Thursday, December 19, 2013

IO: For More Than Just CPR Medications

"An IO for you, and an IO for me..."

It is amazing how a series of tweets regarding a topic of interest can inspire a literature hunt leading to a blog post. Case in point:

 


 

This exchange led me to wonder about other medications, besides those that we typically use for cardiopulmonary resuscitation (CPR) that can be effectively administered via the intraosseous (IO) route. After conducting a rather extensive literature search on the topic, I was surprised to find that there were a whole lot more medications reportedly given via this route than I imagined. Below is a table that lists these medications with respective references, along with whether these medications have been evaluated in animal models and/or clinical cases as well as reported cases administered to pediatric and/or adult patients.

Medications That Have Been Administered Via the IO Route, As Reported in the Literature
Medication
Animal Model
Clinical Setting
Adult
Pediatrics
Antidotes1
Atropine
Y


Digoxin immune FAB
Y


Hydroxocobalamin
Y


Methylene blue


Y
Pralidoxime
Y


Scorpion antivenom


Y
Antiseizure Medications2
Diazepam
Y


Fosphenytoin
Y


Phenobarbital
Y


Phenytoin
Y

Y
Fibrinolytics3
Alteplase

Y

Tenecteplase

Y

Paralytic Agents4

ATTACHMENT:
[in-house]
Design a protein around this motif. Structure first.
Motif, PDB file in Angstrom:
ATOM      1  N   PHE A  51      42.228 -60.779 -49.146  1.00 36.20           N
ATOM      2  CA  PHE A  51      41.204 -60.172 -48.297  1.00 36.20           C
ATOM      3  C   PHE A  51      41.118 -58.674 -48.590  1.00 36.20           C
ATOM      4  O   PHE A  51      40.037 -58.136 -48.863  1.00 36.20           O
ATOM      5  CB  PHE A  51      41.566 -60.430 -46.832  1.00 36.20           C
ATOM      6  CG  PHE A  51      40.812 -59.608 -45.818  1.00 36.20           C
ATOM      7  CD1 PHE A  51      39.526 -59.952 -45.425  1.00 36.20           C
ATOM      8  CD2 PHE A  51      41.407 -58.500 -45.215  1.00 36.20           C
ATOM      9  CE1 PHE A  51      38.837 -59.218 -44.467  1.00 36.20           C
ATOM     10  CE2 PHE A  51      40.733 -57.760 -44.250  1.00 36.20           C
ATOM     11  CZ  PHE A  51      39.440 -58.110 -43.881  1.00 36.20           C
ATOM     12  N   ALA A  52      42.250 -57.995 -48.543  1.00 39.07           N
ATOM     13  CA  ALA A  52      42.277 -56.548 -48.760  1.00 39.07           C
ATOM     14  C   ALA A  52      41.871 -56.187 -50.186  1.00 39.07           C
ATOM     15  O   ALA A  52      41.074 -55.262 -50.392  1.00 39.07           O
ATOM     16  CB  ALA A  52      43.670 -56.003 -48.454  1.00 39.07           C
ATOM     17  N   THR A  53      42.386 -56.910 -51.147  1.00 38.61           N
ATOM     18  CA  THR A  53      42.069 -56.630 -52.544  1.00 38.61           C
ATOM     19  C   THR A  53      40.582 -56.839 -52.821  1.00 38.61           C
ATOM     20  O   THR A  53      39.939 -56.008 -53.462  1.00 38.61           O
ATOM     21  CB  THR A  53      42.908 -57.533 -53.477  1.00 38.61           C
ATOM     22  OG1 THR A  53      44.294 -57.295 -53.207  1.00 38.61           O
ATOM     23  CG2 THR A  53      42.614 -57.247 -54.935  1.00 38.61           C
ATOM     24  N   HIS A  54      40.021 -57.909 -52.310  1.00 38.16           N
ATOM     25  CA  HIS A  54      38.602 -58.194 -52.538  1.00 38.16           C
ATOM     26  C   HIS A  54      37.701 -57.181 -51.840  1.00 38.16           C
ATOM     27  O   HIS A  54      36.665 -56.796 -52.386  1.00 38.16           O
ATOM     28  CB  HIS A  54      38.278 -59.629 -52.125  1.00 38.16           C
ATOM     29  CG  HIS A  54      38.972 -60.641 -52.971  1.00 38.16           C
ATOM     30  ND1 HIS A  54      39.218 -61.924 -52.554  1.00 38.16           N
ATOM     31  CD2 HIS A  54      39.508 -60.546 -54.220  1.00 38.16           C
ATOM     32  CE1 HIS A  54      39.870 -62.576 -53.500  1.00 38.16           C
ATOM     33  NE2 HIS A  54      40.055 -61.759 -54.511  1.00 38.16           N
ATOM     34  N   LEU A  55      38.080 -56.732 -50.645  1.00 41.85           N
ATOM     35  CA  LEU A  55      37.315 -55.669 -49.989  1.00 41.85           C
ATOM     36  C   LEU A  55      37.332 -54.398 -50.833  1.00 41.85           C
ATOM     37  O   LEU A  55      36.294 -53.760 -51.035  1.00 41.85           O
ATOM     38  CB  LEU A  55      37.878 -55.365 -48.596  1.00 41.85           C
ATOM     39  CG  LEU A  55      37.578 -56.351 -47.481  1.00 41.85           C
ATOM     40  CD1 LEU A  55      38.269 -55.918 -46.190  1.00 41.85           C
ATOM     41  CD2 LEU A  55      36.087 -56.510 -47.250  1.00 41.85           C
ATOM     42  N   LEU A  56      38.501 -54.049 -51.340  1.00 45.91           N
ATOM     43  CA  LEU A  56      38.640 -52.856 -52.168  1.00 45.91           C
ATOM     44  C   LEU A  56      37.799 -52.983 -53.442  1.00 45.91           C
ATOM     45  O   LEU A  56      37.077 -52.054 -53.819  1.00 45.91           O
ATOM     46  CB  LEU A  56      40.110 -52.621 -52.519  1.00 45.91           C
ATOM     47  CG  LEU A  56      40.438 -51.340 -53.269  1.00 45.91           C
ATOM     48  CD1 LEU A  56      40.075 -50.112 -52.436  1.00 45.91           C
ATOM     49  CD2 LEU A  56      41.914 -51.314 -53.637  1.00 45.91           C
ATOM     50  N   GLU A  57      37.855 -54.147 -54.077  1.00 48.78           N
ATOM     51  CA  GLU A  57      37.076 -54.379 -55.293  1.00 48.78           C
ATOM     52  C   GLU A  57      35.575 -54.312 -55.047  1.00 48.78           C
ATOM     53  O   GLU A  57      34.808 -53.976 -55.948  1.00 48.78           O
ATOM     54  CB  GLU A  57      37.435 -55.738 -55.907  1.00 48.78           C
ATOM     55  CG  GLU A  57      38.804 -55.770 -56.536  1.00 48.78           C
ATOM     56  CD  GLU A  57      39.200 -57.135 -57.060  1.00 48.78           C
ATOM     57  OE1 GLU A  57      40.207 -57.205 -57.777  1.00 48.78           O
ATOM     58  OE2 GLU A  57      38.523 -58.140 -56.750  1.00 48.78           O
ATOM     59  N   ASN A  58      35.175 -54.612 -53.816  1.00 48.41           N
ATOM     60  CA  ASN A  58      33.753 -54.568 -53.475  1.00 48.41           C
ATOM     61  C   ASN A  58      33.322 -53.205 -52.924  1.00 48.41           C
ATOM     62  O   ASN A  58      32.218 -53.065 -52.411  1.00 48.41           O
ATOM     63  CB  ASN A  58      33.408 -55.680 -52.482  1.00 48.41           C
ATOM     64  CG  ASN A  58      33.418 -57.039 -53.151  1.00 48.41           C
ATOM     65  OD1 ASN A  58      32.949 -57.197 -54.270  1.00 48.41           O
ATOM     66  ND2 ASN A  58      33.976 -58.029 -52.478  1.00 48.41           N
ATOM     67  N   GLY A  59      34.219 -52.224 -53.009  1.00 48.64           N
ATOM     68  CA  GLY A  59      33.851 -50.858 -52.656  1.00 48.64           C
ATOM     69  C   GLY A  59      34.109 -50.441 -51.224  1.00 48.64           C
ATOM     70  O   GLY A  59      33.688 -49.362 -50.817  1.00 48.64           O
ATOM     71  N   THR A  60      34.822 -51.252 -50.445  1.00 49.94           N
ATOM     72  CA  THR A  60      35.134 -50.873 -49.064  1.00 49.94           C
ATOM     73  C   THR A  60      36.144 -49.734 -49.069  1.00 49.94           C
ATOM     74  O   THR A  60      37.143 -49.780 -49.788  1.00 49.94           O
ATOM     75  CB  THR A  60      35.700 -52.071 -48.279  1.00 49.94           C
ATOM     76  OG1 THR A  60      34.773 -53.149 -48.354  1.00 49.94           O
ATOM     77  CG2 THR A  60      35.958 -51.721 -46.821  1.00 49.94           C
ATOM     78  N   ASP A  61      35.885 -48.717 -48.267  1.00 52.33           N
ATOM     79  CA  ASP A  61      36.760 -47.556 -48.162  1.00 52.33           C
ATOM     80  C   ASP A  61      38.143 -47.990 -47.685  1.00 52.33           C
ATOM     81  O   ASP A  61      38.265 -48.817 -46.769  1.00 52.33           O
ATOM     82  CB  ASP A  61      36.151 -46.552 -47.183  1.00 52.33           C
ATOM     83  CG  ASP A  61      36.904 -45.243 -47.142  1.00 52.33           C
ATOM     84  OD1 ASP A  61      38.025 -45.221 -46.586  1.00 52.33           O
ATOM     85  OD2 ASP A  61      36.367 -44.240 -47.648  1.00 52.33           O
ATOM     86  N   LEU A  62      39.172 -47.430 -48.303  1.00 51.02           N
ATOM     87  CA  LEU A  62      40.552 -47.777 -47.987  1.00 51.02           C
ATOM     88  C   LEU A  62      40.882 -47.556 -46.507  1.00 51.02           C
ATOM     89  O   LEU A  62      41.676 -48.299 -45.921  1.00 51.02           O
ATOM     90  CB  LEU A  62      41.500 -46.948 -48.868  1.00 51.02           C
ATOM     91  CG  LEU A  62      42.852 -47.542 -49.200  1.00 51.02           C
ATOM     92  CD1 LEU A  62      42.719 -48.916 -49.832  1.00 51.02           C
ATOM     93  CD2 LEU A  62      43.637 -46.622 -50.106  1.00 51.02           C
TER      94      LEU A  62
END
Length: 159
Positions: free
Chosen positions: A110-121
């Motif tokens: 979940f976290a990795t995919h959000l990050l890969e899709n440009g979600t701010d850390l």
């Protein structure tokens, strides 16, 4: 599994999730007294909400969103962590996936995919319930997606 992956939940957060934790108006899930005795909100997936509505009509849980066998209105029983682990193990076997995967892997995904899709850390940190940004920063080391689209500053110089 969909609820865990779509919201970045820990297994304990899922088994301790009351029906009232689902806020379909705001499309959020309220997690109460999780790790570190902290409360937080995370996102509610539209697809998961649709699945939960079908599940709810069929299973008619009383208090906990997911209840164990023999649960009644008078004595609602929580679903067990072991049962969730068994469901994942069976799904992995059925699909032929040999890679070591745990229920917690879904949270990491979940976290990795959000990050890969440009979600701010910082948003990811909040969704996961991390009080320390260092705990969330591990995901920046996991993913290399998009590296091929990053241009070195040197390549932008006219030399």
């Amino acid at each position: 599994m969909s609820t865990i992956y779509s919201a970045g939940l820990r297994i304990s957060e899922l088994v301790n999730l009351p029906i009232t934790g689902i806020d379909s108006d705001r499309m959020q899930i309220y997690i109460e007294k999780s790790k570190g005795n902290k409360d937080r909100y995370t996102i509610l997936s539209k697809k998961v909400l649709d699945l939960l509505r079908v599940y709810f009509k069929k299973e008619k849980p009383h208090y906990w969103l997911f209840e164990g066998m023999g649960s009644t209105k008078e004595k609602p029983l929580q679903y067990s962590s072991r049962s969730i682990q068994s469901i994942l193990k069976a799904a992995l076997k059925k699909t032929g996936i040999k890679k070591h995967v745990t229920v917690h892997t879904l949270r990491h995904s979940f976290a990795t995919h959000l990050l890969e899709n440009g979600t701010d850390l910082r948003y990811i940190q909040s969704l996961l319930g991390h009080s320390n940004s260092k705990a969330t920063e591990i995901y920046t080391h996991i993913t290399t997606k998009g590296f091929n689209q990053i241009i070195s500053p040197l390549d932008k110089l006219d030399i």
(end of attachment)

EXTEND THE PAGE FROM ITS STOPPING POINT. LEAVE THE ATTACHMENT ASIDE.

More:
Rocuronium

Y

Succinylcholine
Y
Y
Y
Vecuronium


Y
Miscellaneous Agents5
Adenosine*
Y
Y
Y
Dexamethasone

Y

Etomidate

Y

Fentanyl

Y

Hypertonic saline
Y


Insulin


Y
Ketamine
Y

Y
Mannitol

Y

Methylprednisolone

Y

Midazolam

Y

Morphine

Y

Propofol
Y


Propranolol
Y


Radiocontrast dye

Y

Recombinant factor VIIa
Y


   Note: Y: Yes; indicates studied in these settings

The asterisk associated with adenosine in the table above indicates somewhat mixed results in terms of its effectiveness when administered via the IO route. Although one animal study and one case report demonstrated its effectiveness in cessation of supraventricular tachycardia, a recently published case series of two pediatric patients showed that the IO route was unreliable for the purposes of converting such arrhythmias to normal sinus rhythm. 

Selected references (by PubMed ID): 
  1. Antidotes:
    • Atropine/pralidoxime: 22738685
    • Digoxin immune FAB: 1985666
    • Hydroxocobalamin: 22738685
    • Methylene blue: 9867898
    • Scorpion antivenom: 20728778
  2. Antiseizure medications: 
    • Diazepam: 2752998; 9065255
    • Fosphenytoin: 12813289
    • Phenytoin: 2331255; 2757281; 3778598
    • Phenobarbital: 2757281
  3. Fibrinolytics:
    • Alteplase: 20947209; 24054882
    • Tenecteplase: 20522435
  4. Paralytic agents:
    • Rocuronium: 16382512
    • Succinylcholine: 2216931; 2602189; 8437069; 9885697; 15636659
    • Vecuronium: 1352102; 9065255
  5. Miscellaneous agents: 
    • Adenosine: 8193689; 8780485; 22217855
    • Dexamethasone: 19741408
    • Etomidate: 16382512
    • Fentanyl: 9065255; 21334506
    • Hypertonic saline: 11791047; 15359091
    • Insulin: 18326143
    • Ketamine: 8362509; 9065255; 18028968; 21334506
    • Mannitol: 8437069; 15636659
    • Methylprednisolone: 19741408
    • Midazolam: 21334506
    • Morphine: 8437069; 15636659; 18082778
    • Propofol: 9426788; 22720990
    • Radiocontrast dye: 21111513; 23726677
    • Recombinant factor VIIa: 19317190